LanguageNumber of SpeakersCountries with Majority of SpeakersAlphabet
Turkish83 MillionTurkey, North CyprusLatin
Azerbaijani33 MillionAzerbaijan, IranLatin, Perso-Arabic (in Iran)
Uzbek27 MillionUzbekistanLatin
Kazakh14 MillionKazakhstanLatin
Uyghur11 MillionChina (semi-autonomous Uyghur region)Perso-Arabic
Turkmen7 MillionTurkmenistanLatin
Tatar5,5 MillionRussia (Tatarstan Federal Republic)Cyrillic
Kyrgyz5 MillionKyrgyzstanCyrillic
Most Spoken Turkic Languages Source
Evolution of Altaic Languages

You may want to check out my Is Turkish a Language? and Turkic Languages articles to learn more.

Altaic Languages –  (also called Transeurasian Languages)

According to Transeurasian Language theory, the Turkish Language and all Turkic Languages are related to Japonic, Koreanic, Tungusic, Mongolic Languages.

These languages definitely have common grammatical, logical, and structural features. Yet, it is debatable whether these languages share a common ancestry or the similarities are the results of contacts of these languages. source source2

Japanese linguists widely reject Japanese Altaic roots and the Japanese language’s relation to the Korean language. Yet, Japanese have some similar features with Turkish and other Altaic languages.

Japanese has agglutination (adding prefixes to verbs), sentence structure (Subject-Object-Verb), and other grammar similarities.

The Korean language can be more similar to Turkish than Japanese, yet similarities lie primarily in the grammar structures of these languages.

Korean and Turkish also share similar grammatical structures like agglutination, sentence structure, the syntax of adjectives, and nouns, vowel harmony.

Uralic Languages and Hungarian Language

Estonian, Hungarian, Finnish, and other Uralic languages have similar grammatical concepts. For these reasons, some linguists theorize Turkish and Uralic languages are similar and have a common ancestry. This theory is widely criticized. Hungary, on the other hand, is a different story.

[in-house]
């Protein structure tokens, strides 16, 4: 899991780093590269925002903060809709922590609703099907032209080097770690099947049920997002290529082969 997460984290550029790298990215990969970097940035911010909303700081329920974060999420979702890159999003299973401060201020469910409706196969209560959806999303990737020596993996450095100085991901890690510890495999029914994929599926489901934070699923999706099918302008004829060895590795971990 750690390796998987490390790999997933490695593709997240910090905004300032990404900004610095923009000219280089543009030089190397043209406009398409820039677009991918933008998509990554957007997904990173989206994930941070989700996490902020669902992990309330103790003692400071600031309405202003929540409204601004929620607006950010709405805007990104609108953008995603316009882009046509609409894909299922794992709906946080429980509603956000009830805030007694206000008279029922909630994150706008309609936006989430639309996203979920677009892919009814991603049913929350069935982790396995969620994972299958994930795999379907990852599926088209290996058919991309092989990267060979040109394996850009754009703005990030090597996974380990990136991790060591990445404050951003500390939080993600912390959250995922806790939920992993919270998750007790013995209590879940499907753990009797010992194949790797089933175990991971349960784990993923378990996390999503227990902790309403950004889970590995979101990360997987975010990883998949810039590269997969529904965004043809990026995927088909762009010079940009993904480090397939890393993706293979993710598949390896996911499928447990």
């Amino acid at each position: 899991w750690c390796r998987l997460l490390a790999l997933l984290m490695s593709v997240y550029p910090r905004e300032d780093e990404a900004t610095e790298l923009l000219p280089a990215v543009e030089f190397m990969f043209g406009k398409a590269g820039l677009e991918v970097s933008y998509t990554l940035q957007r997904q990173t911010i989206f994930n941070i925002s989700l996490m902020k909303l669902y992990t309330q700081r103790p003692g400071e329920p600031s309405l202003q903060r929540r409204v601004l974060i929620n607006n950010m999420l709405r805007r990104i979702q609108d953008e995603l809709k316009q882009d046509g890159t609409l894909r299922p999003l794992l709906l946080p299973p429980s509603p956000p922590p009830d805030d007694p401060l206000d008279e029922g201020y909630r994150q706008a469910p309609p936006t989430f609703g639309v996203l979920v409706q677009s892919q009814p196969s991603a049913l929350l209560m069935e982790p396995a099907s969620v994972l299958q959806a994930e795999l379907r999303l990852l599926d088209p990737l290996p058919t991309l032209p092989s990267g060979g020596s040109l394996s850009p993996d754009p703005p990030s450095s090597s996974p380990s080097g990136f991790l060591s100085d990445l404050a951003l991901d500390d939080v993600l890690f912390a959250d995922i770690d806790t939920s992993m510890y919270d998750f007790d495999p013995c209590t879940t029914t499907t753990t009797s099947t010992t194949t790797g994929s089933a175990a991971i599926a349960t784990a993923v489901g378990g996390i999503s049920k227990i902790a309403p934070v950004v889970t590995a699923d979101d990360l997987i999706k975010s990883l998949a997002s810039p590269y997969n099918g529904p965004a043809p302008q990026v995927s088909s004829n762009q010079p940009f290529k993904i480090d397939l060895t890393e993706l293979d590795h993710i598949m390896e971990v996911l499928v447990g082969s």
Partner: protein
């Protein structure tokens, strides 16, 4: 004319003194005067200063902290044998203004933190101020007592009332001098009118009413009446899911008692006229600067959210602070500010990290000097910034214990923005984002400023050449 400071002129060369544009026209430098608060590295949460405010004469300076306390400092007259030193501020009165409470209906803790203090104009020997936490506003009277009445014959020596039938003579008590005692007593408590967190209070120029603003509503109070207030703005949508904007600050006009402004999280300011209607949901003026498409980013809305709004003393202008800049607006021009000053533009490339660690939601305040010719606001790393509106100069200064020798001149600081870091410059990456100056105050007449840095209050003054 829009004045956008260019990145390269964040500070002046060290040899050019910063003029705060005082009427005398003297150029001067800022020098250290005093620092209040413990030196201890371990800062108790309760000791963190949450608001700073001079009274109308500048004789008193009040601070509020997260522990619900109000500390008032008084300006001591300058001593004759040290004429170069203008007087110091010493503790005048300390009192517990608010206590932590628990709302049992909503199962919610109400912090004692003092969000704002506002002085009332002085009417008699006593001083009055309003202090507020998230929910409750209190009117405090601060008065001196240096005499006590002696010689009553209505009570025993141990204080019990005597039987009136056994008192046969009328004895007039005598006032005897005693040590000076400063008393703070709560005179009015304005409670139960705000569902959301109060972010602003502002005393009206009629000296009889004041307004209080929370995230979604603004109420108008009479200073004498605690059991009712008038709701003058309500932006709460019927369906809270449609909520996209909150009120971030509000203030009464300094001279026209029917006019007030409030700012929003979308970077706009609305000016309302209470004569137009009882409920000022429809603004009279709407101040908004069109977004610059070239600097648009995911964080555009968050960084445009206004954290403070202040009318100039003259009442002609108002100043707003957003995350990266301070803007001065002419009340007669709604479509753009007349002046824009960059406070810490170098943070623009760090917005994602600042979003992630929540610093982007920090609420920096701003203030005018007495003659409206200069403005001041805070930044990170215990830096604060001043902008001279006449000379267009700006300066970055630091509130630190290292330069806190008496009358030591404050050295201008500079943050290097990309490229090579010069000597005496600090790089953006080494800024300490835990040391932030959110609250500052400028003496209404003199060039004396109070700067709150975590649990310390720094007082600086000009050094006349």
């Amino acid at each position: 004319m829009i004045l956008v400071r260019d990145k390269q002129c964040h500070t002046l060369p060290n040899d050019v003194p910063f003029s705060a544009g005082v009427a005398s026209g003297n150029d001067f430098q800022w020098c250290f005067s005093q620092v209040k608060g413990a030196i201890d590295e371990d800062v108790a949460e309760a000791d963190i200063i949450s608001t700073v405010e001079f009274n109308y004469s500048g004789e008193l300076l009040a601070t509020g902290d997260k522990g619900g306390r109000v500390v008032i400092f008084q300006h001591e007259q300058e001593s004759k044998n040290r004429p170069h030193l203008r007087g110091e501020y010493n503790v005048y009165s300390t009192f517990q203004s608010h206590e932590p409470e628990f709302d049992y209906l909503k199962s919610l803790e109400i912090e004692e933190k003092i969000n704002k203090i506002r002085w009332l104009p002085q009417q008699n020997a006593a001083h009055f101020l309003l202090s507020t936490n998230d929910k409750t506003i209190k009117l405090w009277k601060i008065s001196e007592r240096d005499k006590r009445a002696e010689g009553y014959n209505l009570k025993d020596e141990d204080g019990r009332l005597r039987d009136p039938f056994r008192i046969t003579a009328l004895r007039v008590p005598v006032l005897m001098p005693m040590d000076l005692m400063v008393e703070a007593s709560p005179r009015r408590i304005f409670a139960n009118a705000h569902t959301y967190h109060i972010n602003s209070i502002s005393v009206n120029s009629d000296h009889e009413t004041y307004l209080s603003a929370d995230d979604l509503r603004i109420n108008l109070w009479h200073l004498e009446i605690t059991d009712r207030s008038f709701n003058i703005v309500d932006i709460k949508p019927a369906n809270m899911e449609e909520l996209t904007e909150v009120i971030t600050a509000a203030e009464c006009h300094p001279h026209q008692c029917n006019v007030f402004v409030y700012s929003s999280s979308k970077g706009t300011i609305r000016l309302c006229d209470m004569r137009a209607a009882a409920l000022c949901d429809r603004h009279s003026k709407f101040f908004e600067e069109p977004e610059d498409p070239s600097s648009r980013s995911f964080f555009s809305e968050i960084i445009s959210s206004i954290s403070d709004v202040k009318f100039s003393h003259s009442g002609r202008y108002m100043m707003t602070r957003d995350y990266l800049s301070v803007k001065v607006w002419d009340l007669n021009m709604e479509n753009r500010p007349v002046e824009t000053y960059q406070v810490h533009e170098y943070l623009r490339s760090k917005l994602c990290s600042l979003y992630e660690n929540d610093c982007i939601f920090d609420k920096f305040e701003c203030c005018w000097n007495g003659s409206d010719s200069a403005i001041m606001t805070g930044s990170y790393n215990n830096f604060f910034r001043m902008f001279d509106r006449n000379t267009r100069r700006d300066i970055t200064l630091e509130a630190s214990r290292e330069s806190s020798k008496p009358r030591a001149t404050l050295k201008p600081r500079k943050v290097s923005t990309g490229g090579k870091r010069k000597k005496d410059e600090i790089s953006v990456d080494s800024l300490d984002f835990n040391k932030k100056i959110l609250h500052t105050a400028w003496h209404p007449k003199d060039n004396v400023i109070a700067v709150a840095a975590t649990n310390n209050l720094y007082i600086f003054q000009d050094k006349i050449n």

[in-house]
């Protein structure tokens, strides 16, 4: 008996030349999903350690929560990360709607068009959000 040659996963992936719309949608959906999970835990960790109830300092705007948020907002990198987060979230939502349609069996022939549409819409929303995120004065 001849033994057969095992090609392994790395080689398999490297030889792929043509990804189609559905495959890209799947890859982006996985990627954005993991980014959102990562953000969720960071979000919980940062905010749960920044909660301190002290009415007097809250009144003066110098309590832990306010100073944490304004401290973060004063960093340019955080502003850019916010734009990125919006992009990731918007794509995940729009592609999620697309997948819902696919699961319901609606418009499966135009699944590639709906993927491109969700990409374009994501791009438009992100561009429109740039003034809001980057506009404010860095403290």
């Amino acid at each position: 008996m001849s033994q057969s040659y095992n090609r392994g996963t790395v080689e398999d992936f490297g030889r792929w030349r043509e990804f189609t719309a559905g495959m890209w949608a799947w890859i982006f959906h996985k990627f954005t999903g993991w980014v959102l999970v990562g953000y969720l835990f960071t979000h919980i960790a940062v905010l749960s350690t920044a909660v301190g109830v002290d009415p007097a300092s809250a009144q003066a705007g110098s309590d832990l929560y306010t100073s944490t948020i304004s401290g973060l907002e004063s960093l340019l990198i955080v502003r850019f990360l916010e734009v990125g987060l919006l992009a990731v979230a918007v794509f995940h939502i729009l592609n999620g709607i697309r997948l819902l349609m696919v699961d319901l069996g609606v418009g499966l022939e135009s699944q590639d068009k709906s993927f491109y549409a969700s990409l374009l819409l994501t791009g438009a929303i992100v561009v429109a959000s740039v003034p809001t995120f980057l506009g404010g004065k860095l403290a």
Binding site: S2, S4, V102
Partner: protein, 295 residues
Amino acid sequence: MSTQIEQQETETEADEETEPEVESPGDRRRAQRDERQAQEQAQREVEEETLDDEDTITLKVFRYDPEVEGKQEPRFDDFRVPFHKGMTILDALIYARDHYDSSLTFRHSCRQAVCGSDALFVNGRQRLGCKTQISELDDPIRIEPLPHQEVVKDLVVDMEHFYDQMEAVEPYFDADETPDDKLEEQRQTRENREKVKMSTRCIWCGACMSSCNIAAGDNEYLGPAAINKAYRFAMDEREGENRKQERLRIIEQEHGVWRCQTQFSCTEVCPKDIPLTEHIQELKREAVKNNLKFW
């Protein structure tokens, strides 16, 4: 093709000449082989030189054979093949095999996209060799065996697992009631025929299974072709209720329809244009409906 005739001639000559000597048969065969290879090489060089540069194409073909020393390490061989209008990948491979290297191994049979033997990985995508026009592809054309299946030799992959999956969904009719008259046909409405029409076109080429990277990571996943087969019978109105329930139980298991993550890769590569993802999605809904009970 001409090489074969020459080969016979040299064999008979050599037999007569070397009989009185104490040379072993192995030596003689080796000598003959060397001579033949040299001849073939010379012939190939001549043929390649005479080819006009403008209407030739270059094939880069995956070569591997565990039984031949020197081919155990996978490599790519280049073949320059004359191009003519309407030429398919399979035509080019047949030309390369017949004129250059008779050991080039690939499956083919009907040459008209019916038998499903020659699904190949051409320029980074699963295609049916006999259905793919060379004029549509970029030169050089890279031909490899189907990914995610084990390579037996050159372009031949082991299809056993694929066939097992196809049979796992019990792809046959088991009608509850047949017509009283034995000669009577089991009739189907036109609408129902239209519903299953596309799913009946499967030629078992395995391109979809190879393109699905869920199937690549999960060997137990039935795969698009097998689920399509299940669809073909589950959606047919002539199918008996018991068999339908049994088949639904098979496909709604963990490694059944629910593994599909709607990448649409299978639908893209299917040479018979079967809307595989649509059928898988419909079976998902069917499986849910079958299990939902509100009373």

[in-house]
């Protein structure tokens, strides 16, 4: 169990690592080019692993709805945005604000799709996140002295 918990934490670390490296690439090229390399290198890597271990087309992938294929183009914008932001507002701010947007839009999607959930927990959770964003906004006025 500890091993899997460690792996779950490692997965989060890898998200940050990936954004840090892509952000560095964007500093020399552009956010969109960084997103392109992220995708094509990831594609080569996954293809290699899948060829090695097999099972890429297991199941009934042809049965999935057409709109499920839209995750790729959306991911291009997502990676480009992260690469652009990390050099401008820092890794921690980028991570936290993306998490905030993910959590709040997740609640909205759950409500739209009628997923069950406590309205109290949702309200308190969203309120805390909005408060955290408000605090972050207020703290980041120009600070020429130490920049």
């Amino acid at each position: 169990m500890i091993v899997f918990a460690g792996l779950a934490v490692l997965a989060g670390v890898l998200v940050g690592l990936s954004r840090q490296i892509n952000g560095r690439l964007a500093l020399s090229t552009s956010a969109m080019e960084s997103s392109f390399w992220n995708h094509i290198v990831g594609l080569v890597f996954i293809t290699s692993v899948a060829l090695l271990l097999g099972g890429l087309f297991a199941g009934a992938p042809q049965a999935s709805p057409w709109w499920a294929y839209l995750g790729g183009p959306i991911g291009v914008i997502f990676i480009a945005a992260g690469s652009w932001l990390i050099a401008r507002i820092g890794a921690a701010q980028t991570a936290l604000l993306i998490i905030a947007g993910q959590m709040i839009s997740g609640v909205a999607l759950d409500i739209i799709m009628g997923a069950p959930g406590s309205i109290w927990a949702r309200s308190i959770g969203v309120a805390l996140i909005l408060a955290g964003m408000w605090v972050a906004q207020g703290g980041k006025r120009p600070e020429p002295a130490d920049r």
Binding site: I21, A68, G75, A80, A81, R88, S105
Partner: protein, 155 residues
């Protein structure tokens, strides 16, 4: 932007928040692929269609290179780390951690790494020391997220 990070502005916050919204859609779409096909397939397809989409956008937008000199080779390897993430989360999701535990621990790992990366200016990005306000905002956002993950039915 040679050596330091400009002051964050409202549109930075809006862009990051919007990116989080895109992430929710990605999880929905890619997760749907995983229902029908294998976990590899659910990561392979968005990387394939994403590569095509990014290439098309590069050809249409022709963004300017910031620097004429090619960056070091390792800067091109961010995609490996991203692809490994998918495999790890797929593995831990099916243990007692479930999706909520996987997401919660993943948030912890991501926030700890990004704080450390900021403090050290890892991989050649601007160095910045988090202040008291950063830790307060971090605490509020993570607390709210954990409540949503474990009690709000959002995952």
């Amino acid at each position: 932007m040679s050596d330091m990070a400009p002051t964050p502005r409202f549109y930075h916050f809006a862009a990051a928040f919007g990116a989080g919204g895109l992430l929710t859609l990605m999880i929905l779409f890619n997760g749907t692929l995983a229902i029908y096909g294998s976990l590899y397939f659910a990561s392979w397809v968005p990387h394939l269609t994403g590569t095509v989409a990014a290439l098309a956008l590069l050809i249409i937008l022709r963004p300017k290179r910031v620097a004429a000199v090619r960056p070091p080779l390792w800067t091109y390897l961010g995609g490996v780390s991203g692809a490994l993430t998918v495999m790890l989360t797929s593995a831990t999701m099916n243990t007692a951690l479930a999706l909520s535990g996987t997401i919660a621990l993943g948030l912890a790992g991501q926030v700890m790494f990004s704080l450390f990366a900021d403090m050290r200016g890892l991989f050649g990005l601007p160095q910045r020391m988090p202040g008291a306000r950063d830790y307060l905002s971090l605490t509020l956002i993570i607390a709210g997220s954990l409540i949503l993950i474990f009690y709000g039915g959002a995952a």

Hungarians are descendants of Huns who were Turkic Tribe. For these reasons, Hungary is attending the Council of Turkic countries and accepts Hungarian to be a Turkic Language.

Yet, Hungarian is the less similar language to Turkish among Turkic Languages and has no mutual intelligibility. Yet, Hungarian is definitely closer to Turkish than other Altaic and Uralic languages.

Loanwords in Turkish Source

Loanwords in Turkish

In the Ottoman Empire Era, the official language was Ottoman Turkish which had many Persian and Arabic words. The administration language was different from the Turkish that ordinary people speak. This created many socio-political issues.

After the reforms in the 1920s, most loanwords in Ottoman Turkish were abandoned, and the Istanbul street language was adopted as the official language of Turkey.

Today, the Turkish Language still has many loanwords from French, Arabic, Persian and Greek languages. Yet, similarities between these languages end here. Yet, 86% of the Turkish Language consists of original Turkish words.

Being a Turkic language, Turkish Language, origin, and grammar are different from Indo-European Languages (French, Persian, and Greek ) and Semitic Languages (Arabic).

Turkish Vocabulary has 6% Arabic, 5% French, 1% Persian, and less than 1% English and Greek Loanwords.

Check my guides to Turkish vs. Arabic, Turkish vs. Greek, and Turkish vs. Persian to learn more.

How Many Languages are Spoken in Turkey?

Turkish is the official language and the most spoken language in Turkey.

99% of Turkish people speak some degree of Turkish Language. %93 of Turkish people speak Turkish as their mother tongue, and 6% are non-native speakers and speak Turkish as a second language. 

Minority languages spoken in Turkey are Kurdish (6%), Arabic (1,2%). Other rarely spoken languages are Greek, Circassian, Armenian, Ladino (Medieval Spanish), and other Balkan languages.

Additionally, 18% of Turkish people speak English, and %4 of Turkish people speak German as their second language. The numbers I mentioned above are compiled from EU stats and BBC.

Check my guides What Language is Spoken in Turkey and in Istanbul to learn more.

Efe Genit

I am a father, a passionate traveler, and a Turkish lawyer. You can enjoy my guides and tips about Turkey that only Turkish locals would know.